The aim of this thesis is to develop the dimension theory of selfaffine carpets in several directions. Selfaffine carpets are an important class of planar selfaffine sets which have received a great deal of attention in the literature on fractal geometry over the last 30 years. These constructions are important for several reasons. In particular, they provide a bridge between the relatively wellunderstood world of selfsimilar sets and the far from understood world of general selfaffine sets. These carpets are designed in such a way as to facilitate the computation of their dimensions, and they display many interesting and surprising features which the simpler selfsimilar constructions do not have. For example, they can have distinct Hausdorff and packing dimensions and the Hausdorff and packing measures are typically infinite in the critical dimensions. Furthermore, they often provide exceptions to the seminal result of Falconer from 1988 which gives the `generic' dimensions of selfaffine sets in a natural setting. The work in this thesis will be based on five research papers I wrote during my time as a PhD student.
The first contribution of this thesis will be to introduce a new class of selfaffine carpets, which we call boxlike selfaffine sets, and compute their box and packing dimensions via a modified singular value function. This not only generalises current results on selfaffine carpets, but also helps to reconcile the `exceptional constructions' with Falconer's singular value function approach in the generic case. This will appear in Chapter 2 and is based on a paper which appeared in 'Nonlinearity' in 2012.
In Chapter 3 we continue studying the dimension theory of selfaffine sets by computing the Assouad and lower dimensions of certain classes. The Assouad and lower dimensions have not received much attention in the literature on fractals to date and their importance has been more related to quasiconformal maps and embeddability problems. This appears to be changing, however, and so our results constitute a timely and important contribution to a growing body of literature on the subject. The material in this Chapter will be based on a paper which has been accepted for publication in 'Transactions of the American Mathematical Society'.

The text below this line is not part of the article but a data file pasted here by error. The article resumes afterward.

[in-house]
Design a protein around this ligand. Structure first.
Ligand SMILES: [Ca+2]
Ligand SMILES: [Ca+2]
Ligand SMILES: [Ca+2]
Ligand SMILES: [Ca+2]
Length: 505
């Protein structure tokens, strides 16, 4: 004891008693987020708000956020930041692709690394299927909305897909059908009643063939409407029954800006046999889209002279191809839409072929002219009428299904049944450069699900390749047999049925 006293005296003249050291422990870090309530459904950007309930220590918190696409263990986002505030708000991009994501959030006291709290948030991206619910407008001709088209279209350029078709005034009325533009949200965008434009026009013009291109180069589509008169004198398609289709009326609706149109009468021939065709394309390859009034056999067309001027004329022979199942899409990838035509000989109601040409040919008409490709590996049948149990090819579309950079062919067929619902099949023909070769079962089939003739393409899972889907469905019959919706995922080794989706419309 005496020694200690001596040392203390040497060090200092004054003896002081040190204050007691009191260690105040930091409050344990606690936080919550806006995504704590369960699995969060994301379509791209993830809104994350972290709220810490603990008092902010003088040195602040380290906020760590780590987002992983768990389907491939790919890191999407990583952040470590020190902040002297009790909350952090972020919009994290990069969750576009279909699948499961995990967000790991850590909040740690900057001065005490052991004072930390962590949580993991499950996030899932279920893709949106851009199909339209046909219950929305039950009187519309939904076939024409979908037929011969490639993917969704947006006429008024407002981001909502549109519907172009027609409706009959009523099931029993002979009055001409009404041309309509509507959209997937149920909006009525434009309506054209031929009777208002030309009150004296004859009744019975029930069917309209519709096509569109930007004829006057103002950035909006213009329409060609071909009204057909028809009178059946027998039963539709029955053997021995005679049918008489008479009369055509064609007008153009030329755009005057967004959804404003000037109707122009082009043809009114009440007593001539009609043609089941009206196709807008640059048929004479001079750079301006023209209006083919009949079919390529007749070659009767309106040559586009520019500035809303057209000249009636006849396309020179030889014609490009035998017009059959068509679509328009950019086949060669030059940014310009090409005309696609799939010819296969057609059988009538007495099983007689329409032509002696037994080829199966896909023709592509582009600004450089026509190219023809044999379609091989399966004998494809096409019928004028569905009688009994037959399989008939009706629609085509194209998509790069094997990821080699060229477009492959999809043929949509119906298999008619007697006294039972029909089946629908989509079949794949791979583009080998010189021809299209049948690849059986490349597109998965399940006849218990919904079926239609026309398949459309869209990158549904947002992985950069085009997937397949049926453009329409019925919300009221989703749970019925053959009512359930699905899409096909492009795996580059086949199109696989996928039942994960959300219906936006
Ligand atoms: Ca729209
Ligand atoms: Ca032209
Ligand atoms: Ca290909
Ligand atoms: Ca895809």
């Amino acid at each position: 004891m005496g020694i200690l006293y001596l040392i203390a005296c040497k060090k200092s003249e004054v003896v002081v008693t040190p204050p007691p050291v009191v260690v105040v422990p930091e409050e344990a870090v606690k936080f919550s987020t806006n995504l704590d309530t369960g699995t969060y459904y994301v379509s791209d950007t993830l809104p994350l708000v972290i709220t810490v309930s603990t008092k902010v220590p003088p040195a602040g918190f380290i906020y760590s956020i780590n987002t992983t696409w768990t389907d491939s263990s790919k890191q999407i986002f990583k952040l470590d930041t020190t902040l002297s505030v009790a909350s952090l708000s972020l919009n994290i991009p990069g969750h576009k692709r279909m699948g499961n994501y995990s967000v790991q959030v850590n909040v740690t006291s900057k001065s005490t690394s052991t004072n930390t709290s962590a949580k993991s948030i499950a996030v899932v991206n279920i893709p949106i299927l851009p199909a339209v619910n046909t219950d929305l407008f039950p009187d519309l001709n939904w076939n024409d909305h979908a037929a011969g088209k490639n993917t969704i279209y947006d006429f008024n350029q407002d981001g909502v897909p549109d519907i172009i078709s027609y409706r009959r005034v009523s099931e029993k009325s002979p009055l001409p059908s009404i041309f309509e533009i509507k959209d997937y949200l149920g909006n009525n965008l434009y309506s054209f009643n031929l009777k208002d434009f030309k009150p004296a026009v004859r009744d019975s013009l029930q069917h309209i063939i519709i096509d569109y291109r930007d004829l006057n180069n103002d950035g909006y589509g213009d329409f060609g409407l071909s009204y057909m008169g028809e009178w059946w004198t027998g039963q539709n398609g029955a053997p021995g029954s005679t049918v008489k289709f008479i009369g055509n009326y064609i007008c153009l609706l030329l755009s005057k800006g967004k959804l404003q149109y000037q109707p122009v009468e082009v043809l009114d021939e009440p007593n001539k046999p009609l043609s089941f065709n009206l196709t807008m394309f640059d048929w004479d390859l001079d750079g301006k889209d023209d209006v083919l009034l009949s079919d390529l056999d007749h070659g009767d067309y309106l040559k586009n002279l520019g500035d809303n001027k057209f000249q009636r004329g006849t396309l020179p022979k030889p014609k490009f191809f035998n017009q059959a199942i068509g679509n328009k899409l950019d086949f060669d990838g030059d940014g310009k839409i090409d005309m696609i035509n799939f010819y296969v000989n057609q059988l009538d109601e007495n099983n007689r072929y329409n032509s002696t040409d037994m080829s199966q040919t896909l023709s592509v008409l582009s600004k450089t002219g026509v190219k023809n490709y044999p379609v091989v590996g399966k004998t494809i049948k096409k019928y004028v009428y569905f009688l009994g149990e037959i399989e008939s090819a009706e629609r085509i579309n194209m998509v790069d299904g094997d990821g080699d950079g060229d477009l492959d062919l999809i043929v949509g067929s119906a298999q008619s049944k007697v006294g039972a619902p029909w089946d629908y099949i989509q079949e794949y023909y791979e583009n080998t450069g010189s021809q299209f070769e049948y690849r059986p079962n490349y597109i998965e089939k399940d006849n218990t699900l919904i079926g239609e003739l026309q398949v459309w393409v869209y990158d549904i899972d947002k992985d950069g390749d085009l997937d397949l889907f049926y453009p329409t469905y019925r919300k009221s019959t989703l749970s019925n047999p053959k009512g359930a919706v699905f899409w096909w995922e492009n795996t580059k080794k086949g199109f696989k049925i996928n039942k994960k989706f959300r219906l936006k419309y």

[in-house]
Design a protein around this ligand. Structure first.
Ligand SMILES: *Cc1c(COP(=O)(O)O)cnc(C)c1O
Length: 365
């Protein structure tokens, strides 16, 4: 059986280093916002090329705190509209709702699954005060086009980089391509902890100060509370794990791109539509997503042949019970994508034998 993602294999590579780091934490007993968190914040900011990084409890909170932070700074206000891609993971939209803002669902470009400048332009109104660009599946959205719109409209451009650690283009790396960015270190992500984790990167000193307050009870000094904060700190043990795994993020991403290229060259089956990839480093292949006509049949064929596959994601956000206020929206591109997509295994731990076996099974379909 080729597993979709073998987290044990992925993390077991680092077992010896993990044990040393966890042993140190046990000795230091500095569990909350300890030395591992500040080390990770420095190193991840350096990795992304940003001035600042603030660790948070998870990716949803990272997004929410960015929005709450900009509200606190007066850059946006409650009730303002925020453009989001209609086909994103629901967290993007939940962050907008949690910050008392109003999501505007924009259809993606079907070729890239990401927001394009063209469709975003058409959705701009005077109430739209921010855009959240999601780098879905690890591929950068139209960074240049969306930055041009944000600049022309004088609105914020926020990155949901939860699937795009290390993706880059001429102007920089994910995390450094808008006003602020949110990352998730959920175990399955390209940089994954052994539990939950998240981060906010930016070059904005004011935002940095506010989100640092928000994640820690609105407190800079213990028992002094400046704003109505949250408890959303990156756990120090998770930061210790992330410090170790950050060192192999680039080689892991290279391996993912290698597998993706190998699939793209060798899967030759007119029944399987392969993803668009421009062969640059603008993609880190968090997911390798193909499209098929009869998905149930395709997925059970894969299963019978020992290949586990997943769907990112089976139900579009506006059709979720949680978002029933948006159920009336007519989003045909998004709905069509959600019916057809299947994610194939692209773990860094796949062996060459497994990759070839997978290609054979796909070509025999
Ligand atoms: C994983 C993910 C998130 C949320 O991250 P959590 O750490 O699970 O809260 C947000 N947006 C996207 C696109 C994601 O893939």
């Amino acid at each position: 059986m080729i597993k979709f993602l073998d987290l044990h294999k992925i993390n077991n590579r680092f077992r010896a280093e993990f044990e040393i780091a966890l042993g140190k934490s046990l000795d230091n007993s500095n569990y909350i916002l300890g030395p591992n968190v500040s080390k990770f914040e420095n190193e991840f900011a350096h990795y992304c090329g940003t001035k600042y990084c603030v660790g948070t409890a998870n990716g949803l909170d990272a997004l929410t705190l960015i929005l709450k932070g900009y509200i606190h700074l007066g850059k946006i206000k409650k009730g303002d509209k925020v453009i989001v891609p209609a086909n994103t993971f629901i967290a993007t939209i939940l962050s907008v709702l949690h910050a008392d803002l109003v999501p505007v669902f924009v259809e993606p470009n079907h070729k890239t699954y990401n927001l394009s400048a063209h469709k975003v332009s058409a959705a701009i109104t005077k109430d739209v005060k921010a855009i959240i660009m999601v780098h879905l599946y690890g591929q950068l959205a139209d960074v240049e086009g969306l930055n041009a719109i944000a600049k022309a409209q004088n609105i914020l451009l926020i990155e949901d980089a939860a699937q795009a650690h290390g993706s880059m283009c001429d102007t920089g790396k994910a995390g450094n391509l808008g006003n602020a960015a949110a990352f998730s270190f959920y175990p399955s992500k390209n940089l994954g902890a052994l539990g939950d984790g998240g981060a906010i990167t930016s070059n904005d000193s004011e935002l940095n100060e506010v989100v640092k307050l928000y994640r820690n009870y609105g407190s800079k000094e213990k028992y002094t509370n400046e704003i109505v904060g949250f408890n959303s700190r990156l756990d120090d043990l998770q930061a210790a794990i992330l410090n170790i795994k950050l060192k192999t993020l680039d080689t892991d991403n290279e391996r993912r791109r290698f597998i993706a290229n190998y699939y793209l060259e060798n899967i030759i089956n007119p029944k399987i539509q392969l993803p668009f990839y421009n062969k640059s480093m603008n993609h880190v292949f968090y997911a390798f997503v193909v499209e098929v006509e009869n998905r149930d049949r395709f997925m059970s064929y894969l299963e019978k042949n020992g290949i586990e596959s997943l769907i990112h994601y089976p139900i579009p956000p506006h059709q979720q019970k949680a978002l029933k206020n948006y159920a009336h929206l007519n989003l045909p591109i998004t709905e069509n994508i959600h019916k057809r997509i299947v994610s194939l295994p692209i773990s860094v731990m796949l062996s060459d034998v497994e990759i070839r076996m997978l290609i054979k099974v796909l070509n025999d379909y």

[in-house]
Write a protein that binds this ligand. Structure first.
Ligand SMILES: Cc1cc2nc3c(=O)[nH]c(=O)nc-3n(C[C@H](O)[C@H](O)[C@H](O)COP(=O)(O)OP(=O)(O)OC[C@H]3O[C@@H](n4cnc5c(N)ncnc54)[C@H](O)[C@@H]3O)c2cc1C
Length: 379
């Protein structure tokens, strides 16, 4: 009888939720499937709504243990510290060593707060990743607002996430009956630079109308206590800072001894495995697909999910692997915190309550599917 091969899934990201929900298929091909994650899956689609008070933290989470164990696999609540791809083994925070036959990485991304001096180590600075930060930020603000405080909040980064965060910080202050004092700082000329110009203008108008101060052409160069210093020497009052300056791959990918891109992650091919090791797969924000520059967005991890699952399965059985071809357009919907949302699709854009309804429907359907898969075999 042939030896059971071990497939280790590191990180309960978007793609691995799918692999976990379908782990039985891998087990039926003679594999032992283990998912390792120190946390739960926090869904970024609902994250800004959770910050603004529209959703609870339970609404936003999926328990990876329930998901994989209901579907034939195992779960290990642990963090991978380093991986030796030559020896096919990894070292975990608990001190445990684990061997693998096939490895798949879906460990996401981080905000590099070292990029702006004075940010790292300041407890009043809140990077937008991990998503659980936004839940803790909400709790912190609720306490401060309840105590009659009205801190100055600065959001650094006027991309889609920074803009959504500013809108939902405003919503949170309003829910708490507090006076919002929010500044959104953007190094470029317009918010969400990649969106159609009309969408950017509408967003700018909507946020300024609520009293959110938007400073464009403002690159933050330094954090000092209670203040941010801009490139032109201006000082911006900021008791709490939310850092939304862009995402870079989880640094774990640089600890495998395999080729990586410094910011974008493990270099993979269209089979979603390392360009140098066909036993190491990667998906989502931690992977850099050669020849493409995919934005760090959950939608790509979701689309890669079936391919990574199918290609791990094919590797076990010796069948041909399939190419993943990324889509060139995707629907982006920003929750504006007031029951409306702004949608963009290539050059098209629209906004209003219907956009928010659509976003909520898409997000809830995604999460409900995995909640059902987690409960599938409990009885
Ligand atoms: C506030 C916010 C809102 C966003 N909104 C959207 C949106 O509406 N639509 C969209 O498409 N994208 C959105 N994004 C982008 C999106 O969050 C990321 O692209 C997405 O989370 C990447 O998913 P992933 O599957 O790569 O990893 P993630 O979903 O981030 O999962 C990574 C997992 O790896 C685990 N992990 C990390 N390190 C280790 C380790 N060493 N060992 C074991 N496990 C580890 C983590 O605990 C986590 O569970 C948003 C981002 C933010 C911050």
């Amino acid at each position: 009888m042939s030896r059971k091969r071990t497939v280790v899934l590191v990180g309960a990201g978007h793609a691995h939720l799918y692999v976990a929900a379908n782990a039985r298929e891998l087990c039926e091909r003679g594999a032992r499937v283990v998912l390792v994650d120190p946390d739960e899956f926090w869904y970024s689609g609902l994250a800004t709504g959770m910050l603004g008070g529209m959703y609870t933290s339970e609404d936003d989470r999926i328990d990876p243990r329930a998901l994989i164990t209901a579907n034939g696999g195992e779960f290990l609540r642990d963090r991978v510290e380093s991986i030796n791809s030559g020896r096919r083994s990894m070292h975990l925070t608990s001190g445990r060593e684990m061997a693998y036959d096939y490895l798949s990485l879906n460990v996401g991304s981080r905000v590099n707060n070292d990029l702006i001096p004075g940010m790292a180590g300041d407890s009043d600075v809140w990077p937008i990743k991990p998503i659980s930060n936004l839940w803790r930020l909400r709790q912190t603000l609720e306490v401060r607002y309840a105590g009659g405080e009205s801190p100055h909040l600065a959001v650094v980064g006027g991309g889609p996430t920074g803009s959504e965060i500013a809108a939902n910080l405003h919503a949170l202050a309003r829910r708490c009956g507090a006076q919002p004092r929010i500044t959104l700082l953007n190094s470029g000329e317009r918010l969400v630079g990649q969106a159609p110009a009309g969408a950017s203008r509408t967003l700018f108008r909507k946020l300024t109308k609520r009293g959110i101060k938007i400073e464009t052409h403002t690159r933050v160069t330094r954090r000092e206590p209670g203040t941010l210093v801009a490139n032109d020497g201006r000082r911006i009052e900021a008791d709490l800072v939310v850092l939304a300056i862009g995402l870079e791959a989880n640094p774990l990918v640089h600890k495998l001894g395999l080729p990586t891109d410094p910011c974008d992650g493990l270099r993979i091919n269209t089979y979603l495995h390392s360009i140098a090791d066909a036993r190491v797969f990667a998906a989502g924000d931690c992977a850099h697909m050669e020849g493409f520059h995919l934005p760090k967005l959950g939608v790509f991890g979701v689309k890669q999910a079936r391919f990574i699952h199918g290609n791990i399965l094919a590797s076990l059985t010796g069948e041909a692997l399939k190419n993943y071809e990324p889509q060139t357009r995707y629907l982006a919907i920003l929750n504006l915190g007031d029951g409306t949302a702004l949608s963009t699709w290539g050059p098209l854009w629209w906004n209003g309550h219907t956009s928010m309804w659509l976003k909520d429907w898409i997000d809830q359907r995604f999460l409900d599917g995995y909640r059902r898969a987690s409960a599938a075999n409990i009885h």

In Chapters 46 we move away from the classical setting of iterated function systems to consider two more exotic constructions, namely, inhomogeneous attractors and random 1variable attractors, with the aim of developing the dimension theory of selfaffine carpets in these directions.
In order to put our work into context, in Chapter 4 we consider inhomogeneous selfsimilar sets and significantly generalise the results on box dimensions obtained by Olsen and Snigireva, answering several questions posed in the literature in the process. We then move to the selfaffine setting and, in Chapter 5, investigate the dimensions of inhomogeneous selfaffine carpets and prove that new phenomena can occur in this setting which do not occur in the setting of selfsimilar sets. The material in Chapter 4 will be based on a paper which appeared in 'Studia Mathematica' in 2012, and the material in Chapter 5 is based on a paper, which is in preparation.
Finally, in Chapter 6 we consider random selfaffine sets. The traditional approach to random iterated function systems is probabilistic, but here we allow the randomness in the construction to be provided by the topological structure of the sample space, employing ideas from Baire category. We are able to obtain very general results in this setting, relaxing the conditions on the maps from `affine' to `biLipschitz'. In order to get precise results on the Hausdorff and packing measures of typical attractors, we need to specialise to the setting of random selfsimilar sets and we show again that several interesting and new phenomena can occur when we relax to the setting of random selfaffine carpets. The material in this Chapter will be based on a paper which has been accepted for publication by 'Ergodic Theory and Dynamical Systems'.

Finiteness conditions for unions of semigroups
http://hdl.handle.net/10023/3687
Abstract: In this thesis we prove the following: